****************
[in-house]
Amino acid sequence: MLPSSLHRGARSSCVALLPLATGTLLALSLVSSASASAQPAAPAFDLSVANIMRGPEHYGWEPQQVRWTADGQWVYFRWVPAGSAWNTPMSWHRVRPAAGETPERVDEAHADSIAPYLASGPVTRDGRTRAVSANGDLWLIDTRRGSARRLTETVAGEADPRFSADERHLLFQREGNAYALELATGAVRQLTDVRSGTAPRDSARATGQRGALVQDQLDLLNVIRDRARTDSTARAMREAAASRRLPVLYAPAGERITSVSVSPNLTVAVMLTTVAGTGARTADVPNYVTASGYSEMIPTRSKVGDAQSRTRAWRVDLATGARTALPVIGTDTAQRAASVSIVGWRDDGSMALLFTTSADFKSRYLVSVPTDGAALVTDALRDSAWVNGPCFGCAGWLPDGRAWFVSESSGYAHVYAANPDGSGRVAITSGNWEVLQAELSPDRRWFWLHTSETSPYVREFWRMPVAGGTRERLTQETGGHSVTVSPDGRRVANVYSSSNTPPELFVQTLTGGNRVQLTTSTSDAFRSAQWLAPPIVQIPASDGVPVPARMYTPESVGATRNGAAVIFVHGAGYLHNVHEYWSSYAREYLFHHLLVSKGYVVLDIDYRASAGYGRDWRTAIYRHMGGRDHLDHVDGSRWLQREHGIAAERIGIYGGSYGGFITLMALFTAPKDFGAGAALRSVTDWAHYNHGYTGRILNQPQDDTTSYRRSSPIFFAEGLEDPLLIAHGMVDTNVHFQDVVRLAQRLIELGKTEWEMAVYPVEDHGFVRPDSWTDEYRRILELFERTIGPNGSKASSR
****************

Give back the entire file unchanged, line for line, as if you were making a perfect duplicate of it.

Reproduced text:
[in-house]
Amino acid sequence: MLPSSLHRGARSSCVALLPLATGTLLALSLVSSASASAQPAAPAFDLSVANIMRGPEHYGWEPQQVRWTADGQWVYFRWVPAGSAWNTPMSWHRVRPAAGETPERVDEAHADSIAPYLASGPVTRDGRTRAVSANGDLWLIDTRRGSARRLTETVAGEADPRFSADERHLLFQREGNAYALELATGAVRQLTDVRSGTAPRDSARATGQRGALVQDQLDLLNVIRDRARTDSTARAMREAAASRRLPVLYAPAGERITSVSVSPNLTVAVMLTTVAGTGARTADVPNYVTASGYSEMIPTRSKVGDAQSRTRAWRVDLATGARTALPVIGTDTAQRAASVSIVGWRDDGSMALLFTTSADFKSRYLVSVPTDGAALVTDALRDSAWVNGPCFGCAGWLPDGRAWFVSESSGYAHVYAANPDGSGRVAITSGNWEVLQAELSPDRRWFWLHTSETSPYVREFWRMPVAGGTRERLTQETGGHSVTVSPDGRRVANVYSSSNTPPELFVQTLTGGNRVQLTTSTSDAFRSAQWLAPPIVQIPASDGVPVPARMYTPESVGATRNGAAVIFVHGAGYLHNVHEYWSSYAREYLFHHLLVSKGYVVLDIDYRASAGYGRDWRTAIYRHMGGRDHLDHVDGSRWLQREHGIAAERIGIYGGSYGGFITLMALFTAPKDFGAGAALRSVTDWAHYNHGYTGRILNQPQDDTTSYRRSSPIFFAEGLEDPLLIAHGMVDTNVHFQDVVRLAQRLIELGKTEWEMAVYPVEDHGFVRPDSWTDEYRRILELFERTIGPNGSKASSR